Genetics, IQ, and ‘race’ – are genetic differences in intelligence between populations likely?

Last week (May 2nd 2018) the Guardian published a piece by me headlined “Why genetic IQ differences between ‘races’ are unlikely”. In it, I argued that the genetic architecture and evolutionary history of intelligence make it different from other traits and inherently unlikely to vary systematically for genetic reasons between large population groups.
Image credit: I was rather quickly (and, in some cases, rather aggressively) taken to task by a number of population geneticists on Twitter for being vague, overly general and hand-wavy, and for ignoring or not citing relevant papers in population genetics. Or indeed, for being flat out wrong. (See also a critique here). Some of those criticisms may well be valid, but some reflect the limitations of writing a short piece for the general public, so I wanted to go into more detail here on my reasoning.
The other criticism was that I seemed to be making statements as if they were str…

Why do lemons taste sour? The puzzle of innate qualia.

A really nice recent paper reported the identification of a family of proteins that seem to act as sour taste receptors. They are expressed in our taste buds and allow us to detect the positively charged hydrogen ions produced by acidic substances. This is important because it lets us identify foods that are unripe or spoiled by bacterial growth, like sour milk. The discovery of these sour receptors is a big step forward – it adds to our understanding of how different kinds of chemicals are detected in the sensory neurons of the tongue and processed in the brain. But it leaves one really big question unanswered – why do sour things taste like that?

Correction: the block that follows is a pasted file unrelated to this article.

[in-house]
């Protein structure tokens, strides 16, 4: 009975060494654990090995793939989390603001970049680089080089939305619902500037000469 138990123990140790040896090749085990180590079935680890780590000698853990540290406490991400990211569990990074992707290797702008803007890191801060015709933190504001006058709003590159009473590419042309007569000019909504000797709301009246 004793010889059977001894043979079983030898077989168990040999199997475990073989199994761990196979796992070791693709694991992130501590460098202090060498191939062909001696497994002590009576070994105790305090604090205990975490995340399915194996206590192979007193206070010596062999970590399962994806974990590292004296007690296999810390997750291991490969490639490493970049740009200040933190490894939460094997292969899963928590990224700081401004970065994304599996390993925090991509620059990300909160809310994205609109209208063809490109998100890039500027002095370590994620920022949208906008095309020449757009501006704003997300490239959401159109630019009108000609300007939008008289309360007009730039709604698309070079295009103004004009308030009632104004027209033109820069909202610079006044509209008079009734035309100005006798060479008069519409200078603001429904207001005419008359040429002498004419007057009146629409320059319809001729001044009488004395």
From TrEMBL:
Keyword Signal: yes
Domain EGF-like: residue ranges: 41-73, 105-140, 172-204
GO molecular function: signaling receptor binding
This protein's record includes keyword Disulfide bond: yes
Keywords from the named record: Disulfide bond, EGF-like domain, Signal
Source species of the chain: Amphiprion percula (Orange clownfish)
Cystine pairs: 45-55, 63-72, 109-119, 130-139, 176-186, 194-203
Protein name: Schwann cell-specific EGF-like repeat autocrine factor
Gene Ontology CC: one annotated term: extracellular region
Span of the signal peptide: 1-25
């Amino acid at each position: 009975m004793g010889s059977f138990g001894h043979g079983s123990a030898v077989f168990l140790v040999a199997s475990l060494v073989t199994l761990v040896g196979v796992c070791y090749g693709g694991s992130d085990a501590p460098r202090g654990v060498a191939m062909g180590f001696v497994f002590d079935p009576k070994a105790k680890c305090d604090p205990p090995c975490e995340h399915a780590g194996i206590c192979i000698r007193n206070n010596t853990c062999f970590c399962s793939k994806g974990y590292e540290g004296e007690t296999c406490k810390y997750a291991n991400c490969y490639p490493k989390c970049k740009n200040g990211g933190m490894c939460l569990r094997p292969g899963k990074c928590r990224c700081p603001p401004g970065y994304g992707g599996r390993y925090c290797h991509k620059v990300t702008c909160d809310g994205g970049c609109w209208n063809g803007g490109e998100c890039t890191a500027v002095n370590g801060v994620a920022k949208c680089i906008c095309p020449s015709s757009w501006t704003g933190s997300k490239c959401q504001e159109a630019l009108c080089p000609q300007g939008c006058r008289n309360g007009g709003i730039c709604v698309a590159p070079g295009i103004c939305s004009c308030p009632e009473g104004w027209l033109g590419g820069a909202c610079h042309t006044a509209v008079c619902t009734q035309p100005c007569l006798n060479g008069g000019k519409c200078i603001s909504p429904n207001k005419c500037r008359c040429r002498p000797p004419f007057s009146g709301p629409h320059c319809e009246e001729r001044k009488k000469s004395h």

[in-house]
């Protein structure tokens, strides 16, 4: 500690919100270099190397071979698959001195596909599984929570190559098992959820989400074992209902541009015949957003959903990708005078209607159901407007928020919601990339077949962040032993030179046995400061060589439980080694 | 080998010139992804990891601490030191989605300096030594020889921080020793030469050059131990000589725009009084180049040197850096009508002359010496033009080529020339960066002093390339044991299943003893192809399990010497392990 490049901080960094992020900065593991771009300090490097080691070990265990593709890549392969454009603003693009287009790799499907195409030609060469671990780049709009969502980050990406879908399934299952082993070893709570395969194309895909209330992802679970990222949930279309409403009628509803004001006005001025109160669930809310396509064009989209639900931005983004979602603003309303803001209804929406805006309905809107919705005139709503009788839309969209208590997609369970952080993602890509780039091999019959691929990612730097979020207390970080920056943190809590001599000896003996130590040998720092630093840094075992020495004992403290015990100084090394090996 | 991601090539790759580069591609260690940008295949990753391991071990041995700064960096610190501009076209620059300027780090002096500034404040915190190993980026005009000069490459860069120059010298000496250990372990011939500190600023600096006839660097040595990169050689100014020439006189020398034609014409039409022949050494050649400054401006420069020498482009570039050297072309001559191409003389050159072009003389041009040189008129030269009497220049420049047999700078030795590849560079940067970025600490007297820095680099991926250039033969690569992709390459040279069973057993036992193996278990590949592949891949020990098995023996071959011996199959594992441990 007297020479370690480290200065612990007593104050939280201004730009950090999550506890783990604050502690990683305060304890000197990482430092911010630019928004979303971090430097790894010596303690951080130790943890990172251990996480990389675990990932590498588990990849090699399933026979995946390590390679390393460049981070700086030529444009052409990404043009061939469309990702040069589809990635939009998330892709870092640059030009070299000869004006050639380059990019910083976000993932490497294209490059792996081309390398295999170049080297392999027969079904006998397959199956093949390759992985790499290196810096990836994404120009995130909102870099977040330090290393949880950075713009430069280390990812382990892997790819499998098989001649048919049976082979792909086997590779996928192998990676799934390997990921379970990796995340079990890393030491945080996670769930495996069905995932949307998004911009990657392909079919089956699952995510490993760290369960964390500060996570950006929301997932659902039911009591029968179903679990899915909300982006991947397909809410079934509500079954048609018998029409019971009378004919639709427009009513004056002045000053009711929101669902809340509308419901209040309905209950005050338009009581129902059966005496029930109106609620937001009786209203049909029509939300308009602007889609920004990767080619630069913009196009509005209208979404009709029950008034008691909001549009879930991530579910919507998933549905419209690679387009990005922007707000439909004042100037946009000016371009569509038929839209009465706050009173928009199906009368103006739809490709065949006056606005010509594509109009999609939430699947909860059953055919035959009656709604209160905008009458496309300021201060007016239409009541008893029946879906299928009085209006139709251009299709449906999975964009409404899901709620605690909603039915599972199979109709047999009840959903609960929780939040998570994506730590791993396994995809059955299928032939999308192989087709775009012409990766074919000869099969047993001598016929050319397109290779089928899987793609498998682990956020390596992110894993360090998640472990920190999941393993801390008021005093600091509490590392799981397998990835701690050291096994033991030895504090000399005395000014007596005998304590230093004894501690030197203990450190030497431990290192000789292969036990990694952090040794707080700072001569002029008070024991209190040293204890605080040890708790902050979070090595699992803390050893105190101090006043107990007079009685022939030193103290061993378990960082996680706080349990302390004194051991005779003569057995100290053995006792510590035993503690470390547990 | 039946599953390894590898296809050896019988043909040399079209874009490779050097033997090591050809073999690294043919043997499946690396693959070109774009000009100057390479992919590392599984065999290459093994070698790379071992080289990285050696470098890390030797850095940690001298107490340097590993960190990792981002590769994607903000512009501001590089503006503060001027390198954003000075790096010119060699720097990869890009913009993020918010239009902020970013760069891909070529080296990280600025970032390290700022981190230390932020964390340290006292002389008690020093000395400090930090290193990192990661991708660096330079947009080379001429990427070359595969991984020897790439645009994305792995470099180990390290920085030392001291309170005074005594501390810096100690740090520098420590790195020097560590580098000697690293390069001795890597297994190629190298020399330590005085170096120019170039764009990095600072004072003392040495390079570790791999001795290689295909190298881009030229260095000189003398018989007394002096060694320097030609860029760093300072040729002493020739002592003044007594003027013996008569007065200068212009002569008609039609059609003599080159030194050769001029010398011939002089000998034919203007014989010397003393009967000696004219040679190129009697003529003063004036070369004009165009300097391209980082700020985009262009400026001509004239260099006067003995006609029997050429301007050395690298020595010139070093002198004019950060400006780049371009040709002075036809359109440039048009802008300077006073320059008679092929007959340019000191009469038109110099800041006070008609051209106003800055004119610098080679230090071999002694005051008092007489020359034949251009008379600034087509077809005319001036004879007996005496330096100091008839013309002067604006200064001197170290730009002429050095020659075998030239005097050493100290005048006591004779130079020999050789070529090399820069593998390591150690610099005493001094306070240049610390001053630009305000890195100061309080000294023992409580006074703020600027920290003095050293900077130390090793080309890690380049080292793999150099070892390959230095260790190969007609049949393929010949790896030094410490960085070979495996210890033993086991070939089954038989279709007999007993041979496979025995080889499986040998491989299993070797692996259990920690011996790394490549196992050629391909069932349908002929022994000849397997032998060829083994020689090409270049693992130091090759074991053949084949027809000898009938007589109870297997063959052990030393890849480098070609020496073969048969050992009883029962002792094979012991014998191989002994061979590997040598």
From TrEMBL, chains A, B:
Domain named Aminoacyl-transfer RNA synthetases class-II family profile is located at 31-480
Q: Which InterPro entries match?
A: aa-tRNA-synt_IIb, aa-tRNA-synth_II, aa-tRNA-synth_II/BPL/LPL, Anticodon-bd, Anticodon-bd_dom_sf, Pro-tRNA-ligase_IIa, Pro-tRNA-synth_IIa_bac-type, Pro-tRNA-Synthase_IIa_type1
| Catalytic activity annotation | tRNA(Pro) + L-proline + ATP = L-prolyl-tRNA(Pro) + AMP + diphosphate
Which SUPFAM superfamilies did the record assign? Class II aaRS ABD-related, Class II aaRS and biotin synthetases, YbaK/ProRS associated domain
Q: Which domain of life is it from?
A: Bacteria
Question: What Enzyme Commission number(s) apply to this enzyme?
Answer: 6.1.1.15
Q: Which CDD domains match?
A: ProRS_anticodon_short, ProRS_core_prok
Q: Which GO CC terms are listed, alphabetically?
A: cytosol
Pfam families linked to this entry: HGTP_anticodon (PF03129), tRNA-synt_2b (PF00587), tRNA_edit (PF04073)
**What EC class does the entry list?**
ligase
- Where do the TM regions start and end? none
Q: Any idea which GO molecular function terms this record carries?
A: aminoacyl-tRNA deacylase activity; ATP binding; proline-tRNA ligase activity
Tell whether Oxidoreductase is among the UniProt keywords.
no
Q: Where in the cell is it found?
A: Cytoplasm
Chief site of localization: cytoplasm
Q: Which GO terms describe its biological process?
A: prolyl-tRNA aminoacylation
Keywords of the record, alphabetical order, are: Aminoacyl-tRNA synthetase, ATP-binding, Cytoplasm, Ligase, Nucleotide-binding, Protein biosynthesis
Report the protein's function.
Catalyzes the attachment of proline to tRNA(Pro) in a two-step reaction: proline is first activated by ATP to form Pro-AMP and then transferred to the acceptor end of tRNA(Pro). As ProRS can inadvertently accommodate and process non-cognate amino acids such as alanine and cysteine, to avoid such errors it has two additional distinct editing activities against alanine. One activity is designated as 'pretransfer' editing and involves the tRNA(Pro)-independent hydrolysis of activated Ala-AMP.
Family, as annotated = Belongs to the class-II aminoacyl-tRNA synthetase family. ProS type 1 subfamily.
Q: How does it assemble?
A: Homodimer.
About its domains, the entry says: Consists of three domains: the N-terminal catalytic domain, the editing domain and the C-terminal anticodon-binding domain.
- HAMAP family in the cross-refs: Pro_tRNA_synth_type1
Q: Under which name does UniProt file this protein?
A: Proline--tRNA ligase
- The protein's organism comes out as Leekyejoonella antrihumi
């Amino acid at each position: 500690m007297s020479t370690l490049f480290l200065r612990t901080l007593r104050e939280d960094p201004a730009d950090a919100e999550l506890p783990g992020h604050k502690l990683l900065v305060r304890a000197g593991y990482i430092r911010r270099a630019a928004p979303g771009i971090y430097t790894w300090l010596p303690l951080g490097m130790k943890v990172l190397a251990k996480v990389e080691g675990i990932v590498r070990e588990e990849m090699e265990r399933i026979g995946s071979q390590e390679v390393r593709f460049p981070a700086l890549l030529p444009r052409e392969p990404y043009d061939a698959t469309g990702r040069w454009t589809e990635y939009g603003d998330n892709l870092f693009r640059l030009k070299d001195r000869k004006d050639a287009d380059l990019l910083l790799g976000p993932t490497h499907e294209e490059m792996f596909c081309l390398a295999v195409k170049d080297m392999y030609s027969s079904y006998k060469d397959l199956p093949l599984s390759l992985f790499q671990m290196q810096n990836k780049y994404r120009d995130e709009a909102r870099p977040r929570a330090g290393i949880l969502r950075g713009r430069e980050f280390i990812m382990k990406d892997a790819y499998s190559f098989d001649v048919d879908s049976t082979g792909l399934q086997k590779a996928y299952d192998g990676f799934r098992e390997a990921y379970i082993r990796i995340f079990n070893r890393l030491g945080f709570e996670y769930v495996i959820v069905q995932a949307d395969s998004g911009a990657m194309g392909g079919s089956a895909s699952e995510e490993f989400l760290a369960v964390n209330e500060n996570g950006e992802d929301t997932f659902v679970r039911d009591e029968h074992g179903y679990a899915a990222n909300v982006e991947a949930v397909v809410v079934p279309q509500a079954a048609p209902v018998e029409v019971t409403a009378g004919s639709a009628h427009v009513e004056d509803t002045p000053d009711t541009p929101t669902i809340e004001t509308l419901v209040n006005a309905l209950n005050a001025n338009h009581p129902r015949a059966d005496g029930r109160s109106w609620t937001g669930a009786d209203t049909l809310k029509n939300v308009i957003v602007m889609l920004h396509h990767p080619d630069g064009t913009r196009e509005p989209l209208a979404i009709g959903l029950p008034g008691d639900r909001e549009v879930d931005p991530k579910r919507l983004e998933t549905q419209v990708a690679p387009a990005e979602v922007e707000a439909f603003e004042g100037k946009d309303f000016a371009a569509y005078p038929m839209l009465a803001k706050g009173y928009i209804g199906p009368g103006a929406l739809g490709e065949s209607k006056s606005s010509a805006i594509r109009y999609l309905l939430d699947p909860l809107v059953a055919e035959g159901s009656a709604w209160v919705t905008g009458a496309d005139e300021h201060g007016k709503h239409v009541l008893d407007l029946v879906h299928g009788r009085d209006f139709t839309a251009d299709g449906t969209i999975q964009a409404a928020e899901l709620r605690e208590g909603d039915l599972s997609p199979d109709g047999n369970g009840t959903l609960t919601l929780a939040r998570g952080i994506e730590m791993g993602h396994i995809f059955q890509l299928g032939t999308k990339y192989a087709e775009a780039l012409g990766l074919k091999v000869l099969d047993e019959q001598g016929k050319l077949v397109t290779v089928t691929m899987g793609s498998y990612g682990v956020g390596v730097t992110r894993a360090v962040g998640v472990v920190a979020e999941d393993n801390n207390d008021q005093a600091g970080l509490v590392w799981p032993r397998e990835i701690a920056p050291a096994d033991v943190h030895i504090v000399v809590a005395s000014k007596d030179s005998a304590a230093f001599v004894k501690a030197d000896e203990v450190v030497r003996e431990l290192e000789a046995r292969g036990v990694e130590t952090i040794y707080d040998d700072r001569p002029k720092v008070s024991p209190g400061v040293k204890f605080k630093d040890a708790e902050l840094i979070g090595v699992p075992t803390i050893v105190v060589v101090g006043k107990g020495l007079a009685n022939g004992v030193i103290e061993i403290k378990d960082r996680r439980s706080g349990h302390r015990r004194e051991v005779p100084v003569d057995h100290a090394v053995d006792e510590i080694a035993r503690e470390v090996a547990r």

Image credit:
Why does eating a lemon produce that specific reaction – the scrunched up face, puckered lips, eyes squinting, head drawn back, eyebrows raised in surprise? This is an incredibly universal and apparently innate reaction – you can see it in unsuspecting babie…

Lessons for human genetics from genetic screens in model organisms

Why did the axon cross the midline? That seems like a simple enough biological problem to solve. In the developing nervous system, especially in the anatomically simple spinal cord, some nerve cells send a slender nerve fibre (called an axon) across the midline of the nervous system to connect to cells on the other side. The projections of other neurons are restricted to the same side as their own cell bodies. The connections between the two sides are crucial in coordinating movement of the two sides of the body. But, more importantly for this discussion, this system is simple enough to be genetically tractable – at least it seems so.
When I arrived as a graduate student in the lab of Corey Goodman at the University of California at Berkeley, his group had just carried out a genetic screen in fruit flies to try and understand how this developmental decision was controlled. Flies have an equivalent of a spinal cord, called the ventral nerve cord, and Corey and his colleagues had spent m…